Pop star Britney Spears stunned in the social networks to ensure that he has run the 100-meter dash in 5,97 seconds, a mark that neither the current world record holder, Usain Bolt, has been able to register.
According to the singer of “Toxic”, yesterday got to do this test athletic in 5 seconds for the first time, after training with times that “typically” vary “between 6 and 7 seconds”, a few data that have surprised his followers as the world record, who beat Bolt in 2009 is of 9,58 seconds.
The singer shared in his profile of Instagram an image of a stopwatch that marks 5,97 seconds, accompanied by a message in which he claims to have reached that achievement, and gives tips to get to that supposed level.
“¡¡¡I ran my first 5 seconds!!!!! Overcome the fear of pressing in the beginning is the key… once I did that, I got the 5! -indicated Spears-. Usually, I run at 6 or 7 seconds, in my first attempt were 9 and now I got it. Wow! It 100-meter dash!”.
True, the testimony of Spears, the star would have beaten the world record male already in his first attempt, which also marks distances with the record for women, registered in 1988 by the american Florence Griffith Joyner with 10,49 seconds.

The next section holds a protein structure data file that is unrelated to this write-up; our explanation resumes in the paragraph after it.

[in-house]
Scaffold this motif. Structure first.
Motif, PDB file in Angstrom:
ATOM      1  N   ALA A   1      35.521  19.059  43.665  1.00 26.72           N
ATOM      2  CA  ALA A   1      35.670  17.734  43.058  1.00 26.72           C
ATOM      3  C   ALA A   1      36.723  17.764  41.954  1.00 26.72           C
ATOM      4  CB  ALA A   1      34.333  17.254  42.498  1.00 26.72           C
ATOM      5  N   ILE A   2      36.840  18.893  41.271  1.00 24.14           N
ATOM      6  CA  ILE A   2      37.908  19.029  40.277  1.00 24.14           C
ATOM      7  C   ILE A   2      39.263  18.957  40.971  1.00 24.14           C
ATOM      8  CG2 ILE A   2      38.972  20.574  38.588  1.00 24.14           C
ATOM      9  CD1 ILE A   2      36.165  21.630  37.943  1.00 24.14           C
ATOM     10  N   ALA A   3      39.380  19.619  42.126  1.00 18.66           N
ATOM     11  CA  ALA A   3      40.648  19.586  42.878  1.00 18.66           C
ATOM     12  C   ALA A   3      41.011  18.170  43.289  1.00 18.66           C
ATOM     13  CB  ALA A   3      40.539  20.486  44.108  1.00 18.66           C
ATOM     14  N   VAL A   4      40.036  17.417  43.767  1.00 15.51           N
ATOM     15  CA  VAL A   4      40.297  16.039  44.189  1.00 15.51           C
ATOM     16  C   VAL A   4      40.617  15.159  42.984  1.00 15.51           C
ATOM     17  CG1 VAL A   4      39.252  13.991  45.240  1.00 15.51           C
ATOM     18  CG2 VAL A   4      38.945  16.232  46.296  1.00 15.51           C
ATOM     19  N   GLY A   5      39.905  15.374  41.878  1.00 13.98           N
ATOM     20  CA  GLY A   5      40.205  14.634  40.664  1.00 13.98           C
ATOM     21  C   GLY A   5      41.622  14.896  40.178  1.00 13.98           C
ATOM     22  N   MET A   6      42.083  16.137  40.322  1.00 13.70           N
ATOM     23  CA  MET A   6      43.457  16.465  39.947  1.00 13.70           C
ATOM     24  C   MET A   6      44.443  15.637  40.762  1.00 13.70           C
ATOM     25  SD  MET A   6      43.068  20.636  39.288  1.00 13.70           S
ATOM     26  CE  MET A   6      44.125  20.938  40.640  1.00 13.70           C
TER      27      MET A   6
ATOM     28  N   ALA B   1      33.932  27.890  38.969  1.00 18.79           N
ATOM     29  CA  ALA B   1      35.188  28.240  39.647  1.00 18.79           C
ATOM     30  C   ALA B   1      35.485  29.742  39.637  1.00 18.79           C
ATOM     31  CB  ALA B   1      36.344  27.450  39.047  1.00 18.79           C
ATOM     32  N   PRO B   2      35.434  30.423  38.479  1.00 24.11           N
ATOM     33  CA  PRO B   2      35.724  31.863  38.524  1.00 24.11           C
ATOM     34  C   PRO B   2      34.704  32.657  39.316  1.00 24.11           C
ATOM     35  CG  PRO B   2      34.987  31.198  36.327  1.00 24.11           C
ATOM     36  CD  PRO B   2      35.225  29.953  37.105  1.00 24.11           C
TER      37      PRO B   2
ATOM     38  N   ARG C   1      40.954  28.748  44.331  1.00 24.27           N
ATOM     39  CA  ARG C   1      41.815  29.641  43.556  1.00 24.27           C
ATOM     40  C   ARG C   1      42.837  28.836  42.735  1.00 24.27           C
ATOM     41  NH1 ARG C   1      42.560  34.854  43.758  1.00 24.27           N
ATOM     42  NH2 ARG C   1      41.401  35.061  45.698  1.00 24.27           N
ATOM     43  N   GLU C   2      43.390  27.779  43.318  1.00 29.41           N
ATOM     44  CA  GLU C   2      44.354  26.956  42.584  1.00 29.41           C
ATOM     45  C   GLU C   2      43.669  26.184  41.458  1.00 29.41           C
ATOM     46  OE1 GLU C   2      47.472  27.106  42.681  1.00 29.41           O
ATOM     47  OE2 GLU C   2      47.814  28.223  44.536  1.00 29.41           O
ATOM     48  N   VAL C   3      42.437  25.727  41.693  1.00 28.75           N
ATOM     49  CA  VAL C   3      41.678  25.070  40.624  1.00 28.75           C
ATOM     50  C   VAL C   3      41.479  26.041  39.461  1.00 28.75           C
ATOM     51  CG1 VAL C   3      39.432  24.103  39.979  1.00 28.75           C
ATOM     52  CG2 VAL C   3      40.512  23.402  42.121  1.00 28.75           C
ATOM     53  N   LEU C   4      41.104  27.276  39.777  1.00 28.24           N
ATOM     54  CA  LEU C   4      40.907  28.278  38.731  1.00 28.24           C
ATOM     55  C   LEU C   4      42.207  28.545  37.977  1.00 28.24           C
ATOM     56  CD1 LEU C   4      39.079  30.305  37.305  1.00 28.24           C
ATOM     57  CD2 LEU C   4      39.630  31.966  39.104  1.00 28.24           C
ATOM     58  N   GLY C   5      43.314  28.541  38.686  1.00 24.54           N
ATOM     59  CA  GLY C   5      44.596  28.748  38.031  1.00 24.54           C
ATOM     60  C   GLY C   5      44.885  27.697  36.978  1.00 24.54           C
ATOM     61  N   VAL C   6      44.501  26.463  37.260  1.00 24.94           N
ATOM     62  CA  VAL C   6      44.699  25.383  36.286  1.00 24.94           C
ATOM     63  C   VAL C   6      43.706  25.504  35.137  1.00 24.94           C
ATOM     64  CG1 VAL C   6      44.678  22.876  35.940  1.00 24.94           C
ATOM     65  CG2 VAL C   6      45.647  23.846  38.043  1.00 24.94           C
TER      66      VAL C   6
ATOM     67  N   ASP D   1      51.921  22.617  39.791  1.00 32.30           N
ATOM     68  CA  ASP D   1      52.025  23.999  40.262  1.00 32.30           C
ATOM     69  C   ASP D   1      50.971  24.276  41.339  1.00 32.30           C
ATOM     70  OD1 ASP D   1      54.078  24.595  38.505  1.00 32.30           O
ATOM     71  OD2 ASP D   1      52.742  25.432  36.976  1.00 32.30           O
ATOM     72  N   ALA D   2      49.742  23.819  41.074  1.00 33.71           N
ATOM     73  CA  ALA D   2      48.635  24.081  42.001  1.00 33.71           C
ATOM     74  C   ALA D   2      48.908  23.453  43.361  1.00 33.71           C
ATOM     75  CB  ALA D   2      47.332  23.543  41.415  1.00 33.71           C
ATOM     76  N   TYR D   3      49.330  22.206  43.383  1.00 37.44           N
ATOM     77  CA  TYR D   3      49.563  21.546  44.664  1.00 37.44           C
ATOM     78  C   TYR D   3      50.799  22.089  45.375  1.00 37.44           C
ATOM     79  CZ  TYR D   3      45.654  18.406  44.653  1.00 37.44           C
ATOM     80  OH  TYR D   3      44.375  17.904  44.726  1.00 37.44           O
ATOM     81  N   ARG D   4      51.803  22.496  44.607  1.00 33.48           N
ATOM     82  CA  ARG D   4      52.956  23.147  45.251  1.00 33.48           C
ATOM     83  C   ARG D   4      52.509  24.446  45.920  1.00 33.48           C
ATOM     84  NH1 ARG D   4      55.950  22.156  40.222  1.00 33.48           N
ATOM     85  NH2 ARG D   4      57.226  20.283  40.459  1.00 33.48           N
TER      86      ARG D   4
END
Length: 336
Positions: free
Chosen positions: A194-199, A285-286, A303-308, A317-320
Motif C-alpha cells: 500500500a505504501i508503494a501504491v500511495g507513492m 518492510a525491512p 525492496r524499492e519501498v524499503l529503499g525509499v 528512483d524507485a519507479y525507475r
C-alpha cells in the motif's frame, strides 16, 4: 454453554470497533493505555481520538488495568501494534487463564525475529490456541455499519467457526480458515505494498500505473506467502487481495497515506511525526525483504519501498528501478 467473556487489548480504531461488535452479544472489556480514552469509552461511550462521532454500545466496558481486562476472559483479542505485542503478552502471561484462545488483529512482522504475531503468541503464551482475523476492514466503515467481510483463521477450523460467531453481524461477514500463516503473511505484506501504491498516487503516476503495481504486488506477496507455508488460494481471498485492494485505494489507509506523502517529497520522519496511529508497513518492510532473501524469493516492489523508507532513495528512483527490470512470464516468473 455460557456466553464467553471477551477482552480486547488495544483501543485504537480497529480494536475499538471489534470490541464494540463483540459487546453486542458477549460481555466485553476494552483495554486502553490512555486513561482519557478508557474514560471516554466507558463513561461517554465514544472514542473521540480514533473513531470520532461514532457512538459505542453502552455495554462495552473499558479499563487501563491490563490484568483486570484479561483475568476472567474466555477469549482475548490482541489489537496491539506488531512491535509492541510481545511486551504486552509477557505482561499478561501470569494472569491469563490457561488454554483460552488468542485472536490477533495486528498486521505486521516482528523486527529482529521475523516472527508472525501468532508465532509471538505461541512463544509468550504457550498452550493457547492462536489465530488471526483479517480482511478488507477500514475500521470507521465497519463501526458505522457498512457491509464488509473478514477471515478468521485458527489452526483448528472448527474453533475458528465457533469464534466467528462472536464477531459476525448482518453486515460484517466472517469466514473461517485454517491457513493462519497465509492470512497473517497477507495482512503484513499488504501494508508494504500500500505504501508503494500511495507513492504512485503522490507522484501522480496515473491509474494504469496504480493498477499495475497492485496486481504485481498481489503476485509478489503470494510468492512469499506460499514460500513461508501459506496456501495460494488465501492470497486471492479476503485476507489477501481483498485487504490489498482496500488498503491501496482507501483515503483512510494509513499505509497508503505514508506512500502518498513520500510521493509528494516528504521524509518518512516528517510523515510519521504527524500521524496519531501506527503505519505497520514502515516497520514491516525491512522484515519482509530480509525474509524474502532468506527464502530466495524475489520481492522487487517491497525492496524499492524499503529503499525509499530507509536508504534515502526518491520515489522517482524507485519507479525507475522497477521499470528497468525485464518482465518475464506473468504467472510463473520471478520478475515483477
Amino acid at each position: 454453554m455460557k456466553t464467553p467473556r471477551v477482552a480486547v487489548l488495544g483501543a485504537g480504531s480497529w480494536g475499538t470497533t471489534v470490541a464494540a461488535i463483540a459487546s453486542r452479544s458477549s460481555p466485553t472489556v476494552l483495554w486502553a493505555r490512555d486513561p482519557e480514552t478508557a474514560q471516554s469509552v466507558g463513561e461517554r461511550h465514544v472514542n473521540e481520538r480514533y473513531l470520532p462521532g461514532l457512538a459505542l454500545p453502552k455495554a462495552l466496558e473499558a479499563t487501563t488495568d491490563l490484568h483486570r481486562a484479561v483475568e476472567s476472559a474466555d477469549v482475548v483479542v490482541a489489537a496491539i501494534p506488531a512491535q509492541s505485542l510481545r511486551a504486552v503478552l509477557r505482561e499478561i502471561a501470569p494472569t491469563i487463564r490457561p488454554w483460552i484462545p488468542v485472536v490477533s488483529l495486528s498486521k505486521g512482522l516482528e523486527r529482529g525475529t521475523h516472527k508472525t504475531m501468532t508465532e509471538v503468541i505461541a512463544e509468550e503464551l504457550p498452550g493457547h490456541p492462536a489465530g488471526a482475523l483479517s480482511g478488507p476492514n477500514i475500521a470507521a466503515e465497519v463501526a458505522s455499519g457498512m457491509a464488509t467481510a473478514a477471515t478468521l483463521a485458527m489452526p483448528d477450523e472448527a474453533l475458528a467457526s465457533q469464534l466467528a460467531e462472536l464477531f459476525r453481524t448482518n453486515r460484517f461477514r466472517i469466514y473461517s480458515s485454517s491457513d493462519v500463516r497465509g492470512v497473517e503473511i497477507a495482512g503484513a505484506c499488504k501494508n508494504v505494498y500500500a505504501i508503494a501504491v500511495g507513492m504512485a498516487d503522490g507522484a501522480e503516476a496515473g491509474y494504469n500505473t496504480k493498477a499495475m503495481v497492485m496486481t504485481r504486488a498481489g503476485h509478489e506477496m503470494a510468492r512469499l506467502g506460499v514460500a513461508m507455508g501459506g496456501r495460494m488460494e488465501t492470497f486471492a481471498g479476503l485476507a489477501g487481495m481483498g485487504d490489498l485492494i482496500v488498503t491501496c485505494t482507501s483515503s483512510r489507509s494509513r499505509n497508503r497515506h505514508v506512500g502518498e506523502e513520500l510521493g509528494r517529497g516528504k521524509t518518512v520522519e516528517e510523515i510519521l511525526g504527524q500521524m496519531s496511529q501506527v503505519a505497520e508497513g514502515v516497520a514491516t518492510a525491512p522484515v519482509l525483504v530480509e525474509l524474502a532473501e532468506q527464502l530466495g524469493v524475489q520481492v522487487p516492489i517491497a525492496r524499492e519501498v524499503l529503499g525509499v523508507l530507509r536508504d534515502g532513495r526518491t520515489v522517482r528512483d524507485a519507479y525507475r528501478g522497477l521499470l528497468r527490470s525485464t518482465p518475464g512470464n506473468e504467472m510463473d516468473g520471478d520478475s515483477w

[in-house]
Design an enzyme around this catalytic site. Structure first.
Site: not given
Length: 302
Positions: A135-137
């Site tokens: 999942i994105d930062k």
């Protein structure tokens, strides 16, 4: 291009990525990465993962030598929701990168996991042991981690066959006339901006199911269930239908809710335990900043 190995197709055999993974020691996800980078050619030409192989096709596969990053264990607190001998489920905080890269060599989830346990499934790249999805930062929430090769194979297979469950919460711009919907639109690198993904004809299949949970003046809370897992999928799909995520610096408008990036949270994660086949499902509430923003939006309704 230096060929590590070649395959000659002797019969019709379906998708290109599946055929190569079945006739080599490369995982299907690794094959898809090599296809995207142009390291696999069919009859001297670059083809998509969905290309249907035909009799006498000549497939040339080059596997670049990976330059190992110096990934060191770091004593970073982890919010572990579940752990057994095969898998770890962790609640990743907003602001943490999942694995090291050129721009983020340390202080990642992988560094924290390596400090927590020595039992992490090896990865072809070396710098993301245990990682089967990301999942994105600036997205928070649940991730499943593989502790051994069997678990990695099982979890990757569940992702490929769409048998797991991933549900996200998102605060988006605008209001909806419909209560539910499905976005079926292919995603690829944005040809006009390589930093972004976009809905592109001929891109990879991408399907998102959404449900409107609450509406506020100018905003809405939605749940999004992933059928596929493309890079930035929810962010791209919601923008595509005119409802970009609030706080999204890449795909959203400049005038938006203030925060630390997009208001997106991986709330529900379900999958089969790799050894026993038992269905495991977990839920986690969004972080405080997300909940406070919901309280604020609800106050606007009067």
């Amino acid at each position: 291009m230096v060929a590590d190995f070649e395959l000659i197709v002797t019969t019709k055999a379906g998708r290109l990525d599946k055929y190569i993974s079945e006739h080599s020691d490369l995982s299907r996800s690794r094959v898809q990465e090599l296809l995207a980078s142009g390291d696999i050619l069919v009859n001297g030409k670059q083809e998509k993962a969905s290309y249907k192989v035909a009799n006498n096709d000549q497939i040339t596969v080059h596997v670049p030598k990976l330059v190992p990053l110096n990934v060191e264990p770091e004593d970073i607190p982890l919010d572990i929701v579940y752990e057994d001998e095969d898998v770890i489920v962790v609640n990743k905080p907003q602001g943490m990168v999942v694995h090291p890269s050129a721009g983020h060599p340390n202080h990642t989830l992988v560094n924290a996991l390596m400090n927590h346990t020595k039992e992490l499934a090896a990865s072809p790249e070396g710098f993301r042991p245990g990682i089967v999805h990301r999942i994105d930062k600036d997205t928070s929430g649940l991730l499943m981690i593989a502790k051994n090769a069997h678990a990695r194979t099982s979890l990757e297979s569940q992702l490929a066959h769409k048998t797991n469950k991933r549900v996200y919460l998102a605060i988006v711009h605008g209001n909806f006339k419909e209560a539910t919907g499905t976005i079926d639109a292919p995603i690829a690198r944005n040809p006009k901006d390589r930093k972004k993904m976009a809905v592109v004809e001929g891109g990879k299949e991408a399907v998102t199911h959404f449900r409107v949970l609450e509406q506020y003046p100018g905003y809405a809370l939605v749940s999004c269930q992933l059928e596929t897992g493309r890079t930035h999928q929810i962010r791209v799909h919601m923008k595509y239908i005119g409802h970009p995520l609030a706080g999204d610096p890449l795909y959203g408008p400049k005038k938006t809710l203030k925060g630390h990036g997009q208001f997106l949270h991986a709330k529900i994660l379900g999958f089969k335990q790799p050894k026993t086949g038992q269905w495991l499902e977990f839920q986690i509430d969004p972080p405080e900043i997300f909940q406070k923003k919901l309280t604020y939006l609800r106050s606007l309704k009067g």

Some users responded to the singer with the nickname “Sprintney Spears”, or titles such as “the queen of the world records” and “queen’s round”.
The comment most ironic came from the hand of his own brother-in-law, Jamie Watson, who said to Spears: “it Is a shame that they have cancelled the Olympic Games, you could have taken 4 seconds of advantage to the whole world.”
Other people felt that the artist has confused test sport and questioned his athletic ability when less than two months ago broke his foot.
The world record for the 100-metre sprint takes without a fight since 2009, when the jamaican Usain Bolt managed to do the test in 9,58 seconds at the world championships in Berlin, a brand that could not repeat in the 2012 London Olympic Games, where he made 9,63 seconds.
In women, Florence Griffith Joyner left the label in 10,49 seconds, that any athlete has passed since 1988.